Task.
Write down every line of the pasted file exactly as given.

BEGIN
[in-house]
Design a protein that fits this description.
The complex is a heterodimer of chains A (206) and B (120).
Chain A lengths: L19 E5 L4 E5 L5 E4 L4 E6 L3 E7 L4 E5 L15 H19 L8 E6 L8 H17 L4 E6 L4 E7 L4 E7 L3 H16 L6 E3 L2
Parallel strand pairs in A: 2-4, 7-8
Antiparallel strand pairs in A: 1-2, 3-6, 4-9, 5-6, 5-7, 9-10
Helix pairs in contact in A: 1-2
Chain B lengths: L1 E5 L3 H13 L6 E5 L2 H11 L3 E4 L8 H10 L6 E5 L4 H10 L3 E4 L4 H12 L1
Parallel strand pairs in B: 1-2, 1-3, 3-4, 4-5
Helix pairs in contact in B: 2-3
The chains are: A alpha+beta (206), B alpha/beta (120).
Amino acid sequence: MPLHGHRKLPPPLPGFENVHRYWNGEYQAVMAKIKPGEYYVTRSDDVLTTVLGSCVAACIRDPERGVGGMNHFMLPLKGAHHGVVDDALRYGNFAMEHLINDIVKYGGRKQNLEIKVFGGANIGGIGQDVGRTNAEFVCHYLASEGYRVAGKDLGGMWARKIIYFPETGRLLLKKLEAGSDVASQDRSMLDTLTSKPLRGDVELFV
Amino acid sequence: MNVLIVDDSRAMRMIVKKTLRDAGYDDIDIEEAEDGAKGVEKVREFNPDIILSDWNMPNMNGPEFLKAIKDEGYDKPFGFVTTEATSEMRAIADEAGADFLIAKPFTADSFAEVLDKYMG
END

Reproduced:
[in-house]
Design a protein that fits this description.
The complex is a heterodimer of chains A (206) and B (120).
Chain A lengths: L19 E5 L4 E5 L5 E4 L4 E6 L3 E7 L4 E5 L15 H19 L8 E6 L8 H17 L4 E6 L4 E7 L4 E7 L3 H16 L6 E3 L2
Parallel strand pairs in A: 2-4, 7-8
Antiparallel strand pairs in A: 1-2, 3-6, 4-9, 5-6, 5-7, 9-10
Helix pairs in contact in A: 1-2
Chain B lengths: L1 E5 L3 H13 L6 E5 L2 H11 L3 E4 L8 H10 L6 E5 L4 H10 L3 E4 L4 H12 L1
Parallel strand pairs in B: 1-2, 1-3, 3-4, 4-5
Helix pairs in contact in B: 2-3
The chains are: A alpha+beta (206), B alpha/beta (120).
Amino acid sequence: MPLHGHRKLPPPLPGFENVHRYWNGEYQAVMAKIKPGEYYVTRSDDVLTTVLGSCVAACIRDPERGVGGMNHFMLPLKGAHHGVVDDALRYGNFAMEHLINDIVKYGGRKQNLEIKVFGGANIGGIGQDVGRTNAEFVCHYLASEGYRVAGKDLGGMWARKIIYFPETGRLLLKKLEAGSDVASQDRSMLDTLTSKPLRGDVELFV
Amino acid sequence: MNVLIVDDSRAMRMIVKKTLRDAGYDDIDIEEAEDGAKGVEKVREFNPDIILSDWNMPNMNGPEFLKAIKDEGYDKPFGFVTTEATSEMRAIADEAGADFLIAKPFTADSFAEVLDKYMG